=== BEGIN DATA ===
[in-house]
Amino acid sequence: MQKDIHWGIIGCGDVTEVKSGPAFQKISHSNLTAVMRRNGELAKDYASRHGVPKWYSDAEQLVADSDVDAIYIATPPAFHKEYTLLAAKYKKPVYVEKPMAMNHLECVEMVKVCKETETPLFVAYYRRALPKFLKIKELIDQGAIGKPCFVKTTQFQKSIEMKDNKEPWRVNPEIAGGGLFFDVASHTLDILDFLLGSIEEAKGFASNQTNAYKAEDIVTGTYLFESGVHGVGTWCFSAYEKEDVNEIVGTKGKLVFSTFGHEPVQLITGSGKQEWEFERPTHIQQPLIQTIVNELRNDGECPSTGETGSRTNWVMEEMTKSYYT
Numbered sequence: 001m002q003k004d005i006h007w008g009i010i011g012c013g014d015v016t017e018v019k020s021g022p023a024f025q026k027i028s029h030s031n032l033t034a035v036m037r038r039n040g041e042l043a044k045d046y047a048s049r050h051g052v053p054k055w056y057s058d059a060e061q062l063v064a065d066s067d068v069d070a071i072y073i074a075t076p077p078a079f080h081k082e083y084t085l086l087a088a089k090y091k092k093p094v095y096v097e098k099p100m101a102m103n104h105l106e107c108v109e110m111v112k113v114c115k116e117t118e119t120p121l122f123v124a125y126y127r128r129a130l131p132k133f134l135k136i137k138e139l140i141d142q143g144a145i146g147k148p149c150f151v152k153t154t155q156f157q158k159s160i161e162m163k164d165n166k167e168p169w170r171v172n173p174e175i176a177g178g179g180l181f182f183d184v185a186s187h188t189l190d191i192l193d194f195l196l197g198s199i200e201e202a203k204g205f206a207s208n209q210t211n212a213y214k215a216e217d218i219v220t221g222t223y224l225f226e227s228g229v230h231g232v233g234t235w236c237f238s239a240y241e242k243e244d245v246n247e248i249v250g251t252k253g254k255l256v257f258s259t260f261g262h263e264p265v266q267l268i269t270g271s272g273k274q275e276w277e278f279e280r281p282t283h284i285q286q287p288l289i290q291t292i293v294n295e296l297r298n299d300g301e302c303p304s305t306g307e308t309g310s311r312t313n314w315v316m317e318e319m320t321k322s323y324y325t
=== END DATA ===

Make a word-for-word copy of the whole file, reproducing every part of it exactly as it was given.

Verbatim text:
[in-house]
Amino acid sequence: MQKDIHWGIIGCGDVTEVKSGPAFQKISHSNLTAVMRRNGELAKDYASRHGVPKWYSDAEQLVADSDVDAIYIATPPAFHKEYTLLAAKYKKPVYVEKPMAMNHLECVEMVKVCKETETPLFVAYYRRALPKFLKIKELIDQGAIGKPCFVKTTQFQKSIEMKDNKEPWRVNPEIAGGGLFFDVASHTLDILDFLLGSIEEAKGFASNQTNAYKAEDIVTGTYLFESGVHGVGTWCFSAYEKEDVNEIVGTKGKLVFSTFGHEPVQLITGSGKQEWEFERPTHIQQPLIQTIVNELRNDGECPSTGETGSRTNWVMEEMTKSYYT
Numbered sequence: 001m002q003k004d005i006h007w008g009i010i011g012c013g014d015v016t017e018v019k020s021g022p023a024f025q026k027i028s029h030s031n032l033t034a035v036m037r038r039n040g041e042l043a044k045d046y047a048s049r050h051g052v053p054k055w056y057s058d059a060e061q062l063v064a065d066s067d068v069d070a071i072y073i074a075t076p077p078a079f080h081k082e083y084t085l086l087a088a089k090y091k092k093p094v095y096v097e098k099p100m101a102m103n104h105l106e107c108v109e110m111v112k113v114c115k116e117t118e119t120p121l122f123v124a125y126y127r128r129a130l131p132k133f134l135k136i137k138e139l140i141d142q143g144a145i146g147k148p149c150f151v152k153t154t155q156f157q158k159s160i161e162m163k164d165n166k167e168p169w170r171v172n173p174e175i176a177g178g179g180l181f182f183d184v185a186s187h188t189l190d191i192l193d194f195l196l197g198s199i200e201e202a203k204g205f206a207s208n209q210t211n212a213y214k215a216e217d218i219v220t221g222t223y224l225f226e227s228g229v230h231g232v233g234t235w236c237f238s239a240y241e242k243e244d245v246n247e248i249v250g251t252k253g254k255l256v257f258s259t260f261g262h263e264p265v266q267l268i269t270g271s272g273k274q275e276w277e278f279e280r281p282t283h284i285q286q287p288l289i290q291t292i293v294n295e296l297r298n299d300g301e302c303p304s305t306g307e308t309g310s311r312t313n314w315v316m317e318e319m320t321k322s323y324y325t